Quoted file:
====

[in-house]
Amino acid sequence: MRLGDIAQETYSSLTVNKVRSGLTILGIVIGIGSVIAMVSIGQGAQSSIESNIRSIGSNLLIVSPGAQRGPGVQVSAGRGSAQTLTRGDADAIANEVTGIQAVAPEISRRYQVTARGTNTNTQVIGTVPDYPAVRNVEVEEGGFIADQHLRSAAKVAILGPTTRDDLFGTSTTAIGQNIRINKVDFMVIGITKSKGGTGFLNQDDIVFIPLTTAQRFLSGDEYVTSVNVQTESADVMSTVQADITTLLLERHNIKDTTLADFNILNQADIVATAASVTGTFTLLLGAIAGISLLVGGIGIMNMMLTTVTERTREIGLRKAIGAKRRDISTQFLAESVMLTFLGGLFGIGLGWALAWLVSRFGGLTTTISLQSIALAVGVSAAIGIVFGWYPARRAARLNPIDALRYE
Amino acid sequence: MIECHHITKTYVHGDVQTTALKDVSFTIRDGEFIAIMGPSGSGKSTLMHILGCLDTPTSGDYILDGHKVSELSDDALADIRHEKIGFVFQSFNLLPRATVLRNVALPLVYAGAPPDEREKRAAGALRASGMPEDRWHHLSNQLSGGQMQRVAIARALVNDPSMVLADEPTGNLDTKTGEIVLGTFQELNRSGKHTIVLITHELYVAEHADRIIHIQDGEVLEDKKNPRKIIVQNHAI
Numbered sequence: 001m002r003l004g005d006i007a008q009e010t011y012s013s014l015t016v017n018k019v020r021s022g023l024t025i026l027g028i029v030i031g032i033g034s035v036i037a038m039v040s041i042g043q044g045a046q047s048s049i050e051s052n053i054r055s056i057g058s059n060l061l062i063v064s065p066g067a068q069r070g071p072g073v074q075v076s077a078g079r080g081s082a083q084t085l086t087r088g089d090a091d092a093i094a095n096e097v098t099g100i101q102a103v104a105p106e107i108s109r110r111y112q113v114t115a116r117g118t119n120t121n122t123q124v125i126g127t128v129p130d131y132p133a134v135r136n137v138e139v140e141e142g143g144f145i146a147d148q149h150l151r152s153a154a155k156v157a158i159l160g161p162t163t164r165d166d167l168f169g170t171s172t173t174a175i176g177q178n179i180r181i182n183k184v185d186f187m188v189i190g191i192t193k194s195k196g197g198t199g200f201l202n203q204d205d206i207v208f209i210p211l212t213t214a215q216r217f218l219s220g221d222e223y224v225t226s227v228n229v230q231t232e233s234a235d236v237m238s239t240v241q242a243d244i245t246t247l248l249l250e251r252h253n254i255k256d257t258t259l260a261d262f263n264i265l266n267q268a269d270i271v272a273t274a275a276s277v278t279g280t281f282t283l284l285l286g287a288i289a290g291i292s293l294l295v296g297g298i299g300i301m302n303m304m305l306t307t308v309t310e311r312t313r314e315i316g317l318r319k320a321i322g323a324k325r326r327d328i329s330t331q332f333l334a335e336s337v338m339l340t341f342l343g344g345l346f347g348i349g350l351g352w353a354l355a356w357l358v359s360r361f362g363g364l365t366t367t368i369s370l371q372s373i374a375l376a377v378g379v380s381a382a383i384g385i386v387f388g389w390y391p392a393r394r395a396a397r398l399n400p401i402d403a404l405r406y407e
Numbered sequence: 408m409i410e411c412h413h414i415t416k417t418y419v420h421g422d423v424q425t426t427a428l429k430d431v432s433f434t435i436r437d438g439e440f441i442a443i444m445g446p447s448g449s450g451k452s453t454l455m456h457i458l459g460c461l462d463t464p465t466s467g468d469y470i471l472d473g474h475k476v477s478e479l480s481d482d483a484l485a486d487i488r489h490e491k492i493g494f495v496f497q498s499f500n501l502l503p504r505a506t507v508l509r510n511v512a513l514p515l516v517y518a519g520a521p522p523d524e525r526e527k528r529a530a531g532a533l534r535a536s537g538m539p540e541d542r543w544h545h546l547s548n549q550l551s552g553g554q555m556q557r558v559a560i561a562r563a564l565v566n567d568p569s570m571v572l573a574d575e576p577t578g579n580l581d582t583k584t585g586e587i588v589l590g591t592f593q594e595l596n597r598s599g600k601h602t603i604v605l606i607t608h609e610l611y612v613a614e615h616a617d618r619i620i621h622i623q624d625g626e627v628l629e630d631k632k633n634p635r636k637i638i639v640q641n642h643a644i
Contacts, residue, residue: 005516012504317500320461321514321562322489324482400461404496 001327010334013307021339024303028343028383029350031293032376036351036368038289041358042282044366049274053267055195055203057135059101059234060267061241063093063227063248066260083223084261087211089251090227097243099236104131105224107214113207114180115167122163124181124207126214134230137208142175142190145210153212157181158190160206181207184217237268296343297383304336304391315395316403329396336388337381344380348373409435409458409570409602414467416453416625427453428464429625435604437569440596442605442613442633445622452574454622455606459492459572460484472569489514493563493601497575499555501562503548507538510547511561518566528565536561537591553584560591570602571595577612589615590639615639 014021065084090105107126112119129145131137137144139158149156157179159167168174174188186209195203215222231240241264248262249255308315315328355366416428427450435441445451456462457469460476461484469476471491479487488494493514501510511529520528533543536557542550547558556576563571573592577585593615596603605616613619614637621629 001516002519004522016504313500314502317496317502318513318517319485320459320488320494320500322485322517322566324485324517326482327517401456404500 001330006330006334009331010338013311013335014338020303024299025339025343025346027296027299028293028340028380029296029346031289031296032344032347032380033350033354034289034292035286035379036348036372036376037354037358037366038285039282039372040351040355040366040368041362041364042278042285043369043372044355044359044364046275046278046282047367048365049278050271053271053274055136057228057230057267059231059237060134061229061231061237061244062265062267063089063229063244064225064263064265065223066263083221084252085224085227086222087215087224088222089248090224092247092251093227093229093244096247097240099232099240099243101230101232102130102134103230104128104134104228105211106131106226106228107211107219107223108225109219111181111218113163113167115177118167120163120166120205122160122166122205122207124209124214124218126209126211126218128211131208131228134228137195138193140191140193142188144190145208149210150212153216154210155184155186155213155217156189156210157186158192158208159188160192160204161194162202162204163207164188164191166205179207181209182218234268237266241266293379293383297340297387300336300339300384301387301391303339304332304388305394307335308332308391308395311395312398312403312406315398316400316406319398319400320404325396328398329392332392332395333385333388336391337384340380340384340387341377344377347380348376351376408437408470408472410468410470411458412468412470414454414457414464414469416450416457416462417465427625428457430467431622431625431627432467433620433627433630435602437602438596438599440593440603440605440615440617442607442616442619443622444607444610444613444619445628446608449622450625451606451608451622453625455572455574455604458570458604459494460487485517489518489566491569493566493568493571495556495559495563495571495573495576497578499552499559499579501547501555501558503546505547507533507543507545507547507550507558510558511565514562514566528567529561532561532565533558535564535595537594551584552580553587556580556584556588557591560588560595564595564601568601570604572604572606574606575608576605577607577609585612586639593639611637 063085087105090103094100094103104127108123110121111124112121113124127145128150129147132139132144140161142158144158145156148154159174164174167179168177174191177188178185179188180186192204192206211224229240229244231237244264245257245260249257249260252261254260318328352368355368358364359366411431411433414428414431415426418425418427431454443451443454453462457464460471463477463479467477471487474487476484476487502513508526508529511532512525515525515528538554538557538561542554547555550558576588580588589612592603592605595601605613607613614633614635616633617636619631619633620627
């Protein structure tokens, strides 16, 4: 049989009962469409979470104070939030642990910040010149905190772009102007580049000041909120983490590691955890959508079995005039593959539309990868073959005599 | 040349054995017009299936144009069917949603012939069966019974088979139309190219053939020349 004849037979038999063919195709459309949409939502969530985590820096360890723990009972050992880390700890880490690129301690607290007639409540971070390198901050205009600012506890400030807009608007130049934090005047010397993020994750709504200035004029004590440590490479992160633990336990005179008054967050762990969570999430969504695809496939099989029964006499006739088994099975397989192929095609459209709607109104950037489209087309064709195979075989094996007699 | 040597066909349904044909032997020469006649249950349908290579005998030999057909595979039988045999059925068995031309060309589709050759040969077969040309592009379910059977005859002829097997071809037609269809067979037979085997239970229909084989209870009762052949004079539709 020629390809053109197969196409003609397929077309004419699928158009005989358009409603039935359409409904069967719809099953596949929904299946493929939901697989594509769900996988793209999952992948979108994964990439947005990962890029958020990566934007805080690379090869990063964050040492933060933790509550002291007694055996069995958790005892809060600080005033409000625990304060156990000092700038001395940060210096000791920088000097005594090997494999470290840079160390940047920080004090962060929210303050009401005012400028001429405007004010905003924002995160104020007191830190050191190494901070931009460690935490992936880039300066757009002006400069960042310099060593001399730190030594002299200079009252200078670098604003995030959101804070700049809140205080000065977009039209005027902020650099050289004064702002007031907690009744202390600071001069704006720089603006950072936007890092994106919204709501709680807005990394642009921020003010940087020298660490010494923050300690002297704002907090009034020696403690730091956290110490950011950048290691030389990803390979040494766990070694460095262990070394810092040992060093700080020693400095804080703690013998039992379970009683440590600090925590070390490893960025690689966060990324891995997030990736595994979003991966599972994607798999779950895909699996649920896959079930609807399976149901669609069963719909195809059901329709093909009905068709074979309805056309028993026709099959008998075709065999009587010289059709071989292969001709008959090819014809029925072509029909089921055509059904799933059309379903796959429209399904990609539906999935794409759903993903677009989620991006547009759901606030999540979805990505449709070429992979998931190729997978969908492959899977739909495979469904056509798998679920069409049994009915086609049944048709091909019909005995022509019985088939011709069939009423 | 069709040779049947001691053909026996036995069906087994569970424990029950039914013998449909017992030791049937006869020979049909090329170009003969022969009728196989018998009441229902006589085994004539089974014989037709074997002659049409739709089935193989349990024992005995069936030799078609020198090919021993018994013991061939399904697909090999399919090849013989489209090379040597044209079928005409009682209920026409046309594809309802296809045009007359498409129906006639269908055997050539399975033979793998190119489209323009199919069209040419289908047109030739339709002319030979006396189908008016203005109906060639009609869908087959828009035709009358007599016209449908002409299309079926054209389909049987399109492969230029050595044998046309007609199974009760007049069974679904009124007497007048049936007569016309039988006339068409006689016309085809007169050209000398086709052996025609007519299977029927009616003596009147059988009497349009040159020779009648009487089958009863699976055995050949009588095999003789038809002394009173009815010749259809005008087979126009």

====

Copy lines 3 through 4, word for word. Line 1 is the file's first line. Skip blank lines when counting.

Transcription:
Amino acid sequence: MIECHHITKTYVHGDVQTTALKDVSFTIRDGEFIAIMGPSGSGKSTLMHILGCLDTPTSGDYILDGHKVSELSDDALADIRHEKIGFVFQSFNLLPRATVLRNVALPLVYAGAPPDEREKRAAGALRASGMPEDRWHHLSNQLSGGQMQRVAIARALVNDPSMVLADEPTGNLDTKTGEIVLGTFQELNRSGKHTIVLITHELYVAEHADRIIHIQDGEVLEDKKNPRKIIVQNHAI
Numbered sequence: 001m002r003l004g005d006i007a008q009e010t011y012s013s014l015t016v017n018k019v020r021s022g023l024t025i026l027g028i029v030i031g032i033g034s035v036i037a038m039v040s041i042g043q044g045a046q047s048s049i050e051s052n053i054r055s056i057g058s059n060l061l062i063v064s065p066g067a068q069r070g071p072g073v074q075v076s077a078g079r080g081s082a083q084t085l086t087r088g089d090a091d092a093i094a095n096e097v098t099g100i101q102a103v104a105p106e107i108s109r110r111y112q113v114t115a116r117g118t119n120t121n122t123q124v125i126g127t128v129p130d131y132p133a134v135r136n137v138e139v140e141e142g143g144f145i146a147d148q149h150l151r152s153a154a155k156v157a158i159l160g161p162t163t164r165d166d167l168f169g170t171s172t173t174a175i176g177q178n179i180r181i182n183k184v185d186f187m188v189i190g191i192t193k194s195k196g197g198t199g200f201l202n203q204d205d206i207v208f209i210p211l212t213t214a215q216r217f218l219s220g221d222e223y224v225t226s227v228n229v230q231t232e233s234a235d236v237m238s239t240v241q242a243d244i245t246t247l248l249l250e251r252h253n254i255k256d257t258t259l260a261d262f263n264i265l266n267q268a269d270i271v272a273t274a275a276s277v278t279g280t281f282t283l284l285l286g287a288i289a290g291i292s293l294l295v296g297g298i299g300i301m302n303m304m305l306t307t308v309t310e311r312t313r314e315i316g317l318r319k320a321i322g323a324k325r326r327d328i329s330t331q332f333l334a335e336s337v338m339l340t341f342l343g344g345l346f347g348i349g350l351g352w353a354l355a356w357l358v359s360r361f362g363g364l365t366t367t368i369s370l371q372s373i374a375l376a377v378g379v380s381a382a383i384g385i386v387f388g389w390y391p392a393r394r395a396a397r398l399n400p401i402d403a404l405r406y407e